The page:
Obstacles to and considerations for change

Tangible PSM reforms are threatened by the instability of the legal framework. Another issue is the widespread lack of funding and sometimes also of professionals and organisation. PSM in Eastern Europe tend to have a low reputation and market share, coupled with little support from the public.

These aspects are interconnected and need to be discussed in light of assessments from the June 2016 study “PSM Correlations”, by the European Broadcasting Union (EBU).

First of all, for the successful operation and implementation of the mission of “genuine public media services”, a stable and foreseeable legal framework is required. Eastern European public media acts are sometimes changed and amended overnight – usually as required by day-to-day politics – such as in Poland, several times in the past in Montenegro, and in Georgia and Croatia.

The practice of accelerated procedure has prevailed (without any consensual public discussion), as well as the enforcement of such acts or their amendments. This enables new governments to arbitrarily replace staff and make other changes.

Instead of a system of stable and foreseeable financing, these laws often change the sources and methods of financing. Under populist vocabulary, the system of licence fees is replaced or refused by state/government financing, connected with political pressures.

In most cases, PSM are severely underfunded, barely making enough for simple reproduction, not to mention technological innovations. A dozen of them in Eastern Europe are barely surviving, with budgets between €7.5 and €15 million. Others fall within the range of €40 and €100 million, which is considerably lower than public service media on average in Western Europe.

The result is poor program output, inadequate staffing and in some cases, threats to the very existence of PSM in a country. Bosnia and Herzegovina is perhaps the most imminent example, where political and social conflicts also obstruct its operation.

These factors mean that the level of professionalism can be reduced. As a relic from the past, resulting from frequent political, HR and managerial changes, the organisational structure, managing and governance of public service media are often inadequate, as is their capacity to respond to developments and circumstances changing ever-faster.

Finally, the PSM content on offer does not achieve an adequate response from the public. Confidence level, support, market share and relevance for their societies remain low.

However, the only solution to the PSM scenario in Eastern Europe lies precisely in fostering the more active involvement and assertion of civil society, in order to create a new paradigm of openness by PSM institutions. A transformation of form and content is also needed, including keeping up with technology.

In many PSM in Eastern Europe, a more fundamental change of generations is required.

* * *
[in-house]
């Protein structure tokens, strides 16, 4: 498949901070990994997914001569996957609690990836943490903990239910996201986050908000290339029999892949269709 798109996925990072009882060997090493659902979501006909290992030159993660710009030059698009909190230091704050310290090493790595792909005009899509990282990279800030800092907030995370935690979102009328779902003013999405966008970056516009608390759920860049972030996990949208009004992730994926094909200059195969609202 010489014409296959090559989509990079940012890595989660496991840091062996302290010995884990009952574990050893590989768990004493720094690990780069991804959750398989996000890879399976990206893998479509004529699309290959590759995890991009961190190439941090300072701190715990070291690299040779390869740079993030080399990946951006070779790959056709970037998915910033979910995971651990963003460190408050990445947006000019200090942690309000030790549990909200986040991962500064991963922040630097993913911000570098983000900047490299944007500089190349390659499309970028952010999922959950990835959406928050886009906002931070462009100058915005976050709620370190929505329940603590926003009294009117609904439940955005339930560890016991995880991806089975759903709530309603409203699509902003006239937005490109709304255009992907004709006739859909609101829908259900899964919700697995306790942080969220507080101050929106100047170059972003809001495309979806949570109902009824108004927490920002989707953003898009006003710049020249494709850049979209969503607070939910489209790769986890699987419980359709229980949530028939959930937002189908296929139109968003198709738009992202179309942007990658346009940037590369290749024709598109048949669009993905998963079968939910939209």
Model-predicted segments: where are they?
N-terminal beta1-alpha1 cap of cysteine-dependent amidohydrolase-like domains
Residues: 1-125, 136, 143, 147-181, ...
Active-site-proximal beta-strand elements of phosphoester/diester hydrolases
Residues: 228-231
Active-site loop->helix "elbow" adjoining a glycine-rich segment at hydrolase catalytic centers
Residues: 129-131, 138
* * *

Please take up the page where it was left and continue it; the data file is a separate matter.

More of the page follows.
The way forward

Unlike the case in Hungary years ago, today we can see the beneficial role and importance of formal and informal responses as well as international solidarity. Although the recent complications concerning public service media in Poland and in Croatia have sparked a polarisation of unimagined proportions among the local and international public, they have indeed brought some positive consequences.

Due to the vehement response at home and interventions by international and professional institutions (the EU Parliament and Commission, the Council of Europe, OSCE, ECPMF, EBU, IFJ and others), the anticipated legal and accompanying personnel changes (and employment conditions) in Poland have at least slowed down. They are being conducted in a more moderate environment, although many of the conceptual questions remain open.

In Croatia, extraordinary parliamentary elections have softened the radical intent concerning the public broadcasting service, profiled the areas needing urgent (but consensual) changes in legislation, and opened opportunities for more appropriate solutions. Since the government coalition collapsed before introducing the legal grounds for the abrupt political takeover of HRT, the public broadcaster has been operating without any management in charge.

In Ukraine, the most recent experience has accelerated the process of transformation of a “state-run” PSM into a “public service” one. The process of forming a new, united  and modern PSM out of different state-run outlets (separate radio, TV, regional broadcasters, film producers) is finally underway and should be legally rounded up by January 2017.

These processes do not bear fruit overnight. We are still dealing with a weak and endangered species. But some of these developments are certainly encouraging – maybe even a promise of a better future.

The article was originally published by the European Centre for Press and Media Freedom on 3 November 2016.